Friday, 30 March 2018

Useless Heroes & Bad Good Guys

Hello lovely readers. I've been taking part in a few interviews, etc, and they tend to ask the usual questions about plot and characters.
And it got me thinking, some of my main characters are awful, and if I'm ever in trouble, I really hope they don't try to save me.

Think I'm joking?
Here's why you really shouldn't like my characters...

Hunter Astley
The "hero" from the Witch-Hunter Trilogy.

Everything about him screams "hero". From his dashing good looks and charm, to the fact he is a 7th gen witch-hunter.
He is the most advanced witch-hunter in history, and the Malleus Maleficarum Council (MMC) are falling over themselves to keep him happy.
Hunter is brave, willing to risk his life to take down witches, and keep innocent civilians safe.

OK, first (and most obvious), Hunter is a bit egotistical and a bit of a dick.
I mean, he has to be if his first name is actually George, and he has everyone call him Hunter!
He's been raised in the luxury of Astley Manor, and has been brought up to think he is superior to everyone else. Hunter is very quick to take charge of a situation, and think he knows best. Only his long-suffering friend James is able to knock sense into him.
(If you're curious, he's a lot worse in the prequel James: Witch-Hunter)

He would rather stick to his long-ingrained prejudice against witches, than open to the possibility that the MMC might be wrong. Hunter might be one of the more lenient witch-hunters, binding witches from their magic instead of killing them where possible; but he still carries out every job the MMC sends his way, without question.
So if you think about it, the MMC are pretty bad examples of good guys. They are fixed on the idea that all magic is evil. And they'd rather waste time on Council politics, than face the potential return of a legendary witch.
To be fair, there are enough witches that have allowed power to corrupt them, to provide the Council with evidence of their evilness. But the MMC goes one step further and makes everything black and white.

Hunter is stubborn, and is blinded by the belief that only he can save the day.
Over the years that the Trilogy takes place, Hunter is given several opportunities to stop the war, but he lets his emotions overrule any chance of peace. He also can't condone a result that would effectively be losing.
Hunter is unable to see the bigger picture, and he can't step away from the front line, regardless how often his friends try to educate him. Let's just say, for those that have read the series - if he had listened to a certain someone, he would have learnt how to save a certain someone.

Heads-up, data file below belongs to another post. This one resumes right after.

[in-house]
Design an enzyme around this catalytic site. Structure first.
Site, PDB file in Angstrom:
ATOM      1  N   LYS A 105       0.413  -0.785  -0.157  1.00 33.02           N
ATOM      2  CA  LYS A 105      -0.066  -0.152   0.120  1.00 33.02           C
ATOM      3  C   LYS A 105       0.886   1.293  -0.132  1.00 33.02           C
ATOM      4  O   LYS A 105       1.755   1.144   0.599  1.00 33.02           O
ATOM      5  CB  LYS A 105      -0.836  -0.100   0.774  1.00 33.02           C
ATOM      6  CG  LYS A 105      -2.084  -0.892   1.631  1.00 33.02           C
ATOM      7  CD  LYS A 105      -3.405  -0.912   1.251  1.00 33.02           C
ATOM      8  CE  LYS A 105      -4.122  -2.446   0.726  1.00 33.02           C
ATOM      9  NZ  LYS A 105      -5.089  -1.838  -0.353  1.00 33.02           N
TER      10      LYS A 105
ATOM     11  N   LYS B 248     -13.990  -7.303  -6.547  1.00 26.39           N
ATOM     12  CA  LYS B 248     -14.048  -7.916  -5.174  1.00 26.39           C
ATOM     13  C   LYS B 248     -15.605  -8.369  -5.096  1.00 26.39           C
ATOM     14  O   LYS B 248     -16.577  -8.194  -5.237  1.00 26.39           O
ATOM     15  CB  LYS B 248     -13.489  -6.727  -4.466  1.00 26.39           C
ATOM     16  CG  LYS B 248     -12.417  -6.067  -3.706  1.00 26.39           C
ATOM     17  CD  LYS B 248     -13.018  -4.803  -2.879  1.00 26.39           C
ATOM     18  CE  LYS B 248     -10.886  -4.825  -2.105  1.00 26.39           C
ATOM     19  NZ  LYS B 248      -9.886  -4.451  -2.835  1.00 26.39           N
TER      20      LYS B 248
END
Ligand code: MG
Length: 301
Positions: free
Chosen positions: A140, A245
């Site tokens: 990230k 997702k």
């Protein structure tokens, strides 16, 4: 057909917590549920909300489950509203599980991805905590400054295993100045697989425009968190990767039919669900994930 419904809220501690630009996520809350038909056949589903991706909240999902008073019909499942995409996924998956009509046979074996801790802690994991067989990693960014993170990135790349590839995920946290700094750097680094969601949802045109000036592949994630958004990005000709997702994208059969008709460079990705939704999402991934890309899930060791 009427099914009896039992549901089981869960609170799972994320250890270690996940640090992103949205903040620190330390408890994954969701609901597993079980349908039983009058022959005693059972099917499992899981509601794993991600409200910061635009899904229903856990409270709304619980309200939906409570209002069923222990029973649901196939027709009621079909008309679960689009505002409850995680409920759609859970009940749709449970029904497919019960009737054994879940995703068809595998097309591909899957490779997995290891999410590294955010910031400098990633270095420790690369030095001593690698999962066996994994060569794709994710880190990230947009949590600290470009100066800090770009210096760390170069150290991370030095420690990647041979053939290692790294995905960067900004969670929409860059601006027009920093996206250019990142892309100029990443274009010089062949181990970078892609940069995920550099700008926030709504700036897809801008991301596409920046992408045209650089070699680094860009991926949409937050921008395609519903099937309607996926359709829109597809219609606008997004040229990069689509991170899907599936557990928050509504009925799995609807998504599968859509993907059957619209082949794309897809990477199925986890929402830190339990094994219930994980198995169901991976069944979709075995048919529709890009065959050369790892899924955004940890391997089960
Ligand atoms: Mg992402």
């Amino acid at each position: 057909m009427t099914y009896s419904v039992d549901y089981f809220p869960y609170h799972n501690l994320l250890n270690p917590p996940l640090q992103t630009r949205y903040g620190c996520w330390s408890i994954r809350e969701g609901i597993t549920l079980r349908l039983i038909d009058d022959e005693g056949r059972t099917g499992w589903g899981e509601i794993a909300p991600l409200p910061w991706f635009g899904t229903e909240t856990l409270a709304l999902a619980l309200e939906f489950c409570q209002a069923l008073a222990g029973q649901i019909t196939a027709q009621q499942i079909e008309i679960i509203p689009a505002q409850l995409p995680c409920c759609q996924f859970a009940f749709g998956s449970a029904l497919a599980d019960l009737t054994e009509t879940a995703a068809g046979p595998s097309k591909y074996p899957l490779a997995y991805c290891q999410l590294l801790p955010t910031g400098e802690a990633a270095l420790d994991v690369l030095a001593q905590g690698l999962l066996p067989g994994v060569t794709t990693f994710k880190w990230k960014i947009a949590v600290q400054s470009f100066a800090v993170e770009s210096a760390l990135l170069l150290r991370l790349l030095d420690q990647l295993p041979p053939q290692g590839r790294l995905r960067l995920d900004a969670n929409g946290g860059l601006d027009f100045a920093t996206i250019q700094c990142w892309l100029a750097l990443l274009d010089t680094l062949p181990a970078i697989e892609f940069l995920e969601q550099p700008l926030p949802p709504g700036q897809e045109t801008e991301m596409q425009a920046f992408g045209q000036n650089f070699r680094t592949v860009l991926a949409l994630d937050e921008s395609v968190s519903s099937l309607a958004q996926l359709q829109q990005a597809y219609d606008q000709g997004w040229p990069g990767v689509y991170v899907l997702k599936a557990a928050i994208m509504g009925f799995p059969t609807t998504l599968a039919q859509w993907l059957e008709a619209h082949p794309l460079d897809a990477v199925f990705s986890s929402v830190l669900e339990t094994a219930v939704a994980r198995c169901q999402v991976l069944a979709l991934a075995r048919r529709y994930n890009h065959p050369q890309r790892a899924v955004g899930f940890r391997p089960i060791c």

I'd like to think that Hunter was slowly redeemed throughout the trilogy. First, in The Shadow Reigns, where he starts to trust the Wiccans after years of casual contempt. Then, in The Shadow Falls, where he is pretty much forced to overcome his prejudice, when he goes to seek the Benandanti.

Samantha Garrett
The "heroine" from the Enchena Duology.

Sam, Sammy, or Samantha - whatever you want to call her.
For anyone who has read The Lost Soul, she is a pretty useless hero.
In the beginning, she is clearly not the hero. She plays the side-kick to everyone else around her (and not always a good side-kick at that).

Samantha is a completely lacklustre and bland character. She has no plans or ambitions of her own and, whether she is at home, or in Enchena; she expects everyone else to do the thinking and providing. She's just a lost little somebody, who doesn't even know that she's supposed to be found.
Even the people she doesn't like, and makes an effort to be rude to (i.e. Jillis) - Samantha still expects her to help.

Samantha focuses on the small and boring details, because she knows that she couldn't cope with the big issues. So in a way, she doesn't even try. Getting dragged into the middle of an ancient conflict in a foreign world, is too much for her to deal with. She couldn't have dreamt of an adventure this big, and just wants to wake up and go home.
The first time something big and traumatic happens, Samantha withdraws into herself, unable and unwilling to process the tragedy. She allows those around her to push her about, and use her as the will, even though she knows it will hurt those she calls friends.


With the help of her friends, Samantha starts to discover her strengths.
Samantha becomes a lot more independent, and she works hard to improve her physical strength so when it comes to battle, she won't be a liability. Her hard work and dedication pay off and, in The Oracle, she comes back as a much different character.

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